When interior designer Purvi Padia, a first-generation Indian-American, visited her family in India when she was 7, she was struck by the poverty throughout the country, particularly among its youth. That memory never faded, and decades later, Padia and her husband, Harsh Padia, launched Project Lion in partnership with UNICEF to help the 1.5 million displaced children in India.
The charitable initiative launched this past May, and was inspired by the movie Lion, which portrays the suffering and marginalization of the displaced children in India. “Humanitarian work is a major passion, but my real work is interior design, so I wanted to figure out a way to bring the two together,” Padia tells Business of Home. “I wanted to create a piece that could be based in Indian values and design where the proceeds would go to Project Lion.”
Padia—whose eponymous firm, Purvi Padia Interiors, is based in New York—partnered with a local design studio she has worked with before, Aguirre Design, to develop products for Project Lion. The result of the collaboration was a line of bronze-casted bowls called Sinha (“lioness” in Sanskrit), which sell for $915, and 30 percent of the proceeds will benefit the organization. “Cast bronze is a huge part of Indian culture,” says Padia. “The shape is reminiscent of Indian oil urns and we’ve sized it down quite a bit to make it more of a home decor piece.” What’s more, each bowl is one-of-a-kind. “We apply a different patina [to each], so they all have a different finish or texture—that’s the beauty of it,” says David Aguirre, creative director of Aguirre Design. “Some might be a little more yellow, some might have imperfections, but that’s what makes the pieces beautiful and, in a way, relates to India and this project.”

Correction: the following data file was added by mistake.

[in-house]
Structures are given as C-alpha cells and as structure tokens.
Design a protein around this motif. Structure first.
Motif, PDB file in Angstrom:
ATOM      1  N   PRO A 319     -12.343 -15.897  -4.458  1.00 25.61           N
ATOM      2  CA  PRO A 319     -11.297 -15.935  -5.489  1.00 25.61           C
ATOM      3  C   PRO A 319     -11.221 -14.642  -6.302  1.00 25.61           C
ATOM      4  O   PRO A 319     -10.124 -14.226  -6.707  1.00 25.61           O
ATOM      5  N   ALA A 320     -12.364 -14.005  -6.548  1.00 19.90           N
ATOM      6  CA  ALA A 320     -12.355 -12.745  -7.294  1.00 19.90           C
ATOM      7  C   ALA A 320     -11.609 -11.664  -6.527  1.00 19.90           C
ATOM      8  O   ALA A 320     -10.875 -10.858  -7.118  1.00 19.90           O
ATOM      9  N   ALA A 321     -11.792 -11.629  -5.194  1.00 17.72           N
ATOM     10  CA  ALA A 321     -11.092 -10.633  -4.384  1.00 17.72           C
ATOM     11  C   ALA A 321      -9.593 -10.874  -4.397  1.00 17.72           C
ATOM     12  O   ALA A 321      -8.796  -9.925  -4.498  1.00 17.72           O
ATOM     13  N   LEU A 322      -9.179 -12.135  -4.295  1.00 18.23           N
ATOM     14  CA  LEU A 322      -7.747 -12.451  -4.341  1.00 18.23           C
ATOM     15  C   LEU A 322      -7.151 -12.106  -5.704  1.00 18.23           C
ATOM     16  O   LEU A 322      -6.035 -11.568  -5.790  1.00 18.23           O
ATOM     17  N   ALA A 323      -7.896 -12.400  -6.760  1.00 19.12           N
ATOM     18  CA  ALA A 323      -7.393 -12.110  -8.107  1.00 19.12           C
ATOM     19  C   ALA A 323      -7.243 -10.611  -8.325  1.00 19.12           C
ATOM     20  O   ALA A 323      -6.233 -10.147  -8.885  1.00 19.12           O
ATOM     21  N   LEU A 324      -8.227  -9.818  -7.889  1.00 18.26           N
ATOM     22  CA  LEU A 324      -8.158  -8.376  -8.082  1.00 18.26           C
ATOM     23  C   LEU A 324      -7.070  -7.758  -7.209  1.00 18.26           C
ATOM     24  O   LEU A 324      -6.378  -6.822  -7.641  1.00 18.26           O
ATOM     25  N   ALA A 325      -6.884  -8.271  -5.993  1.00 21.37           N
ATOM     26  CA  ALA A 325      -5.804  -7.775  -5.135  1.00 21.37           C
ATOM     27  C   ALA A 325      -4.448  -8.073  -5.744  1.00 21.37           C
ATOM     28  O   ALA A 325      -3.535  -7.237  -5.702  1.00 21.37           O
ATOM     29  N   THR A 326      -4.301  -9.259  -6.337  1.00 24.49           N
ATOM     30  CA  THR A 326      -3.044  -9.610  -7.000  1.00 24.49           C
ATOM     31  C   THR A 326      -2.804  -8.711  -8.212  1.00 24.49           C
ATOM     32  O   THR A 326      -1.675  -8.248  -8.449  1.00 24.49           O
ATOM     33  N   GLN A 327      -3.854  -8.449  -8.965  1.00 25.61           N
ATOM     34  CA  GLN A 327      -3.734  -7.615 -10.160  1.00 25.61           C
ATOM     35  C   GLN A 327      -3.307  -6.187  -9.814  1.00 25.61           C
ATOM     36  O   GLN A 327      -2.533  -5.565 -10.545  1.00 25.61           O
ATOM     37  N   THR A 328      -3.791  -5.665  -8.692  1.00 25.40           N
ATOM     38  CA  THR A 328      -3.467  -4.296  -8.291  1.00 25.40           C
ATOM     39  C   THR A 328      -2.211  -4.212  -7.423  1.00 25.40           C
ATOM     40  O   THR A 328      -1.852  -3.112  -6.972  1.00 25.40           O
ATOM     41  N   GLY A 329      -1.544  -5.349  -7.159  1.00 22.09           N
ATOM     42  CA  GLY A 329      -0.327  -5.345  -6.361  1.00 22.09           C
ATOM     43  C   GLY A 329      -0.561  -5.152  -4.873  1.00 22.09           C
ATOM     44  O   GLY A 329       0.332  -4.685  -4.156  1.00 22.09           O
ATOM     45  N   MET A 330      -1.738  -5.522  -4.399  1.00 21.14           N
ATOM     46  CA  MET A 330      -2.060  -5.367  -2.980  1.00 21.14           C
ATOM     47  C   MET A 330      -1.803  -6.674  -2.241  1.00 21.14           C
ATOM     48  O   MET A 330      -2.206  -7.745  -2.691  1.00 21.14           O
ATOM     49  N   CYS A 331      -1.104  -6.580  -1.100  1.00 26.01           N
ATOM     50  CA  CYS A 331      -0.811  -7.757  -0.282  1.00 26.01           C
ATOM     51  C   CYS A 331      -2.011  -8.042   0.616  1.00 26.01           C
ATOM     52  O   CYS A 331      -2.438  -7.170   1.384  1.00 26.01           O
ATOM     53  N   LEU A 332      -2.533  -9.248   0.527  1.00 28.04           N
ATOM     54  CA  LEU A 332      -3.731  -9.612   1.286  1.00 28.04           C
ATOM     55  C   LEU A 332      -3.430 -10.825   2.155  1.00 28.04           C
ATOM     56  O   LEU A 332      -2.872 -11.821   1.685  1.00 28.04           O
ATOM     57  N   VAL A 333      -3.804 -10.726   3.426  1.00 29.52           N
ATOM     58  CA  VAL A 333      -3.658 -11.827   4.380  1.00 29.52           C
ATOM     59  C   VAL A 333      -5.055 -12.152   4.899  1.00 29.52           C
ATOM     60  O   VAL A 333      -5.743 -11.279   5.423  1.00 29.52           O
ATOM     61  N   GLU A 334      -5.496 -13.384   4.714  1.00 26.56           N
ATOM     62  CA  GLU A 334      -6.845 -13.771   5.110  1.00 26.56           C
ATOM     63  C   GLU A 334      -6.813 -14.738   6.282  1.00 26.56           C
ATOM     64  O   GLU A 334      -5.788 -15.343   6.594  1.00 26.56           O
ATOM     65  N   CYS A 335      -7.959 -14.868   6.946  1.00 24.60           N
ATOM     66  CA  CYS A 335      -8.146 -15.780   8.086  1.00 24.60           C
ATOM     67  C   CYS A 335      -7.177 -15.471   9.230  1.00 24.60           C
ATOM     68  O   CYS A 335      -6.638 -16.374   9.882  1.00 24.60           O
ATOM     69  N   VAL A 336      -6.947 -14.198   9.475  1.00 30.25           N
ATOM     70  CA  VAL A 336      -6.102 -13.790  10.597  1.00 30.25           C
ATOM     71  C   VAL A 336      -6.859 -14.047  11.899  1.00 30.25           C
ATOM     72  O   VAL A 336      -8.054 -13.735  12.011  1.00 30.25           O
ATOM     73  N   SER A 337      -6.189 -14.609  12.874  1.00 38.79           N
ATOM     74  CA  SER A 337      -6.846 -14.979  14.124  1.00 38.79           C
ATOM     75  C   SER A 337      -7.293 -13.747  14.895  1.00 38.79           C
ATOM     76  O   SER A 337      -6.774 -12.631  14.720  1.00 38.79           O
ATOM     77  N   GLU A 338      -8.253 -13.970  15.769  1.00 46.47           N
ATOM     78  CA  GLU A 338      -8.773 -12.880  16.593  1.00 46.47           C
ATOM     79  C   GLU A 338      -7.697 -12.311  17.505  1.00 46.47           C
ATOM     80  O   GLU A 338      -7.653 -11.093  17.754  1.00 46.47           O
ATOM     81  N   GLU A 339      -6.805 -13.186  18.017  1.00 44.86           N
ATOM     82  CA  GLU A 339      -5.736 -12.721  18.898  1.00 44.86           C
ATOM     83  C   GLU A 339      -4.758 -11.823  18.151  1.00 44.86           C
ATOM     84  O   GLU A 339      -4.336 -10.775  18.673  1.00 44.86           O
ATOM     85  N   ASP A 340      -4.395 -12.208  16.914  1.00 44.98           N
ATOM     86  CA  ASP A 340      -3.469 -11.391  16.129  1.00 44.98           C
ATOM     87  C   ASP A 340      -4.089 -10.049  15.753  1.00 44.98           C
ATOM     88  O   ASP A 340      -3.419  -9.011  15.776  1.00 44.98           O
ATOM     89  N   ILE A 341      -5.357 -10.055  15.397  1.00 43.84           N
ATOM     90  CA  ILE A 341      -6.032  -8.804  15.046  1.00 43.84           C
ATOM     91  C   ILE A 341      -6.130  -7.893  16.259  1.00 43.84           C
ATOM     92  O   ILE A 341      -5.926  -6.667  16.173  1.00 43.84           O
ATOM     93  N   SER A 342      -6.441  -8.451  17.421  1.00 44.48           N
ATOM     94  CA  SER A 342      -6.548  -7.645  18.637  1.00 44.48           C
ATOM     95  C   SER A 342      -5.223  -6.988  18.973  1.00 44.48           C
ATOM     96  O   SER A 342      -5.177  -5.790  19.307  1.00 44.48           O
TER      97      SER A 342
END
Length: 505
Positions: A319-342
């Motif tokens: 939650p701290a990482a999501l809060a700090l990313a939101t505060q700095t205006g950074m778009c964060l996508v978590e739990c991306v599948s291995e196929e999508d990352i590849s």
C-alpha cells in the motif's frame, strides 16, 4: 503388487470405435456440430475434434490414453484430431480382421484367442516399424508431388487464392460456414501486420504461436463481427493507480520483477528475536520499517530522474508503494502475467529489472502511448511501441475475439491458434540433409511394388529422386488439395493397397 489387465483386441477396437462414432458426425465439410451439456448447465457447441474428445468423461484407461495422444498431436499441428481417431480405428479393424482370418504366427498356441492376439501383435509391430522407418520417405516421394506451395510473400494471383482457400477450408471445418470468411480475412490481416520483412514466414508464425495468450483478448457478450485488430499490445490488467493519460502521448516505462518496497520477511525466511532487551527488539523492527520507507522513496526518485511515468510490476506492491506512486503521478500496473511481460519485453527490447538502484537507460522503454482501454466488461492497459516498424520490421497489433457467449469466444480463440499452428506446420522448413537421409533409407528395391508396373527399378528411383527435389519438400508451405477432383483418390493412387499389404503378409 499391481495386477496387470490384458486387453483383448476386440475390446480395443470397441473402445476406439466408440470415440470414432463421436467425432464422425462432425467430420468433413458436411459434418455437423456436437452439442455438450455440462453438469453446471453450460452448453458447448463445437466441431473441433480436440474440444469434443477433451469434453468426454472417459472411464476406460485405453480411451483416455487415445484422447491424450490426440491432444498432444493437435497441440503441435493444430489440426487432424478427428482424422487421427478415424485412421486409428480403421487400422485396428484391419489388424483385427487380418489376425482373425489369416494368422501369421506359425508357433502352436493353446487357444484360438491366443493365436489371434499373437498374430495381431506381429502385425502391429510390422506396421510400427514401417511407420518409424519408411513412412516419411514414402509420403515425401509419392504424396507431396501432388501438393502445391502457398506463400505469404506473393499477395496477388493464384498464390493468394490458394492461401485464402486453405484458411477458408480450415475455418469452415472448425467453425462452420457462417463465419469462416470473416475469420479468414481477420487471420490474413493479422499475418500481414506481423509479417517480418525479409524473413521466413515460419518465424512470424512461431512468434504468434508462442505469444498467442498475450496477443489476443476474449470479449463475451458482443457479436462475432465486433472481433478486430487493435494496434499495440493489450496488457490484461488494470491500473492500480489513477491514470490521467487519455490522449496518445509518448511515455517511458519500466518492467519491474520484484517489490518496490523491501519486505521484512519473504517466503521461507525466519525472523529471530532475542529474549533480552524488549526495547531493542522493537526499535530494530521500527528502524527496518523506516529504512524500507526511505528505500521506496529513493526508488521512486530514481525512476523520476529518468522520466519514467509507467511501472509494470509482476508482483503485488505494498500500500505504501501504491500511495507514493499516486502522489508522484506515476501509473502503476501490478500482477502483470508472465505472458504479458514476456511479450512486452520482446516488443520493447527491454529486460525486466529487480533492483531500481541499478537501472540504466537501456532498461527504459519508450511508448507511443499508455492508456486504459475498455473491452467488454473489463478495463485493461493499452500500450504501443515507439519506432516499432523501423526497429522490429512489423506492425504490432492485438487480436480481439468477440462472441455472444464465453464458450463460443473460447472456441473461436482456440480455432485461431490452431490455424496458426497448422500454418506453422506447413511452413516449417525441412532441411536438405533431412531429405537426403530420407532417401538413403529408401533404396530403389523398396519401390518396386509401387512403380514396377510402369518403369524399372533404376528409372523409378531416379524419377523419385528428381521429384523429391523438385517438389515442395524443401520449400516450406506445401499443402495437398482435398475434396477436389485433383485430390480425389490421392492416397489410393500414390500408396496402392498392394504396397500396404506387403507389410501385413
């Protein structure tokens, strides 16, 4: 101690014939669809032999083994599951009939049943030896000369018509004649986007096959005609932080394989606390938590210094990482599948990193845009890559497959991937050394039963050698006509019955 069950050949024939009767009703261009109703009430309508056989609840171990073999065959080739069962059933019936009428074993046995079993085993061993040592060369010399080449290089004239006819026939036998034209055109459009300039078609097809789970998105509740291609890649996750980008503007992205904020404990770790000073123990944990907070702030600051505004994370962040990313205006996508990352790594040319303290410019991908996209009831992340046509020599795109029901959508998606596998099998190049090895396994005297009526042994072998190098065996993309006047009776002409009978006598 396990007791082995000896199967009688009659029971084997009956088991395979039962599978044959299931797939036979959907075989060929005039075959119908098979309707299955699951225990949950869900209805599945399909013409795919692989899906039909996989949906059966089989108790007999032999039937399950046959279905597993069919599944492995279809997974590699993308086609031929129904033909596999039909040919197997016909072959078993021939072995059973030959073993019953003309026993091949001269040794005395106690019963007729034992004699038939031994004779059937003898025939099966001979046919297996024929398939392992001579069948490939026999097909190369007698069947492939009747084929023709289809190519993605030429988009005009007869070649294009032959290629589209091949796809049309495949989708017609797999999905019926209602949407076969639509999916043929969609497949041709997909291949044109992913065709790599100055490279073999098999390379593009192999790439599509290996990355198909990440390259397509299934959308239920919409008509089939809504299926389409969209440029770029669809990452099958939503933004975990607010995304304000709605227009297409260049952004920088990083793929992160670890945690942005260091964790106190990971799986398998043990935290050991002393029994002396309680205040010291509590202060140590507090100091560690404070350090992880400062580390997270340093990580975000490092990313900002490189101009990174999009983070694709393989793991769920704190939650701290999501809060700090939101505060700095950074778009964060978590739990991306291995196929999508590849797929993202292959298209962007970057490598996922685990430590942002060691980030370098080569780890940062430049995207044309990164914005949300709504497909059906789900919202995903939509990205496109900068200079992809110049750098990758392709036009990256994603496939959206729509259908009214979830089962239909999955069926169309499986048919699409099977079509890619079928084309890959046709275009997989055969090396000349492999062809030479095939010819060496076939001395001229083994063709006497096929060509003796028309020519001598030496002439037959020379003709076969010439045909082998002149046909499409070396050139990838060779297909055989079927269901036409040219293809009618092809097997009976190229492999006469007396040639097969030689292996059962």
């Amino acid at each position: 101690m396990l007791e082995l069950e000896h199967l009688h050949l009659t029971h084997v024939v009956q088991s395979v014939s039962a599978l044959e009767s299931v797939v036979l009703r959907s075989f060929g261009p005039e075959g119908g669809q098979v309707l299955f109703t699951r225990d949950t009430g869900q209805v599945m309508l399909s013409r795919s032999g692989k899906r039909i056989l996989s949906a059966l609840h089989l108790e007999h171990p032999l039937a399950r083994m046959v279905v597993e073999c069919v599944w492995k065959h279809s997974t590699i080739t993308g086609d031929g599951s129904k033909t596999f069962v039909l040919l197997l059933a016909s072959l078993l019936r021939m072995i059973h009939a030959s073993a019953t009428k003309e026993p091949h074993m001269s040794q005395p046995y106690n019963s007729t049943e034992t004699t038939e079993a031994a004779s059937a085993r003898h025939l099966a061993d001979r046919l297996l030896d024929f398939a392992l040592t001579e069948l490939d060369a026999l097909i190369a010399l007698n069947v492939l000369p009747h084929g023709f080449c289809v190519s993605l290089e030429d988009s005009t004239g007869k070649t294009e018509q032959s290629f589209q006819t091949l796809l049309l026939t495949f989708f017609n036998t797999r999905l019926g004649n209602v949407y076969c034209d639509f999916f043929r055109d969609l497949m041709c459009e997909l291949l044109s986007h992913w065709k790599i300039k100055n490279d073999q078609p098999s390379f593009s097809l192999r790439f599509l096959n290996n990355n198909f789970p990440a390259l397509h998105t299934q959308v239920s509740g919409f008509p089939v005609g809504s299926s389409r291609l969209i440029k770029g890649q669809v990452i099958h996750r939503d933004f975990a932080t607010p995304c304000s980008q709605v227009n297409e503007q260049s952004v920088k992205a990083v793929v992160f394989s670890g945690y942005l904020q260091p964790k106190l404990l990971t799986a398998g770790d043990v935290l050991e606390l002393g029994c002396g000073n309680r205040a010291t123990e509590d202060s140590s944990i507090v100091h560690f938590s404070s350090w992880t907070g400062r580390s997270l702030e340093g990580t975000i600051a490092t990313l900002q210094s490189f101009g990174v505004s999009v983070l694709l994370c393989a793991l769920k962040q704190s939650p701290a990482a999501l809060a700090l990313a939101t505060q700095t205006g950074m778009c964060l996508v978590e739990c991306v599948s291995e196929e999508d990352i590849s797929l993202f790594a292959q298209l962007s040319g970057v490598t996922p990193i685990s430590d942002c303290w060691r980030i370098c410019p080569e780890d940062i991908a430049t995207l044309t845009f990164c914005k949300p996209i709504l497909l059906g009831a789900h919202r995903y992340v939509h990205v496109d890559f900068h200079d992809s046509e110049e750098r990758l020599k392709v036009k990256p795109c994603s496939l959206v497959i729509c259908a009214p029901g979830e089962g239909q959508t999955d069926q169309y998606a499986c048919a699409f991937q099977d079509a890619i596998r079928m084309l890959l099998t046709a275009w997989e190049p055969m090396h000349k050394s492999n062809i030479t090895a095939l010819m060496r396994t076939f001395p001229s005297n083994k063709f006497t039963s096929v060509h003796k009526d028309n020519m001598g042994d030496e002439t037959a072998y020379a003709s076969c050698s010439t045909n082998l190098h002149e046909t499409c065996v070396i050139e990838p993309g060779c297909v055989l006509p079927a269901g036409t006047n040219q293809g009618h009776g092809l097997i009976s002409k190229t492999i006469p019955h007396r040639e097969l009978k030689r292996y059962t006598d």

Project Lion partners with the Indian government and a number of independent organizations to implement a “long-term strategy to protect the children that are already in institutionalized care and puts procedures and policies in place for children who find themselves without families for generations to come,” says Padia.
In Project Lion’s first three years, 200,000 children are projected to receive an education, access to health care and sanitation, and three hot meals per day. The organization will also train social workers and educators who interact directly with the children to ensure that when they are adults, they will be equipped with skills to secure jobs and an understanding of basic human rights.
“There hasn’t been a clear way to give back to [India], and I think people feel really good about giving back to something when they know that their dollar is being used well and the results are quantifiable,” says Padia. “So I think this is really exciting for that reason. We can’t wait another day to help them. The children of India really can have a brighter, better, more hopeful future.”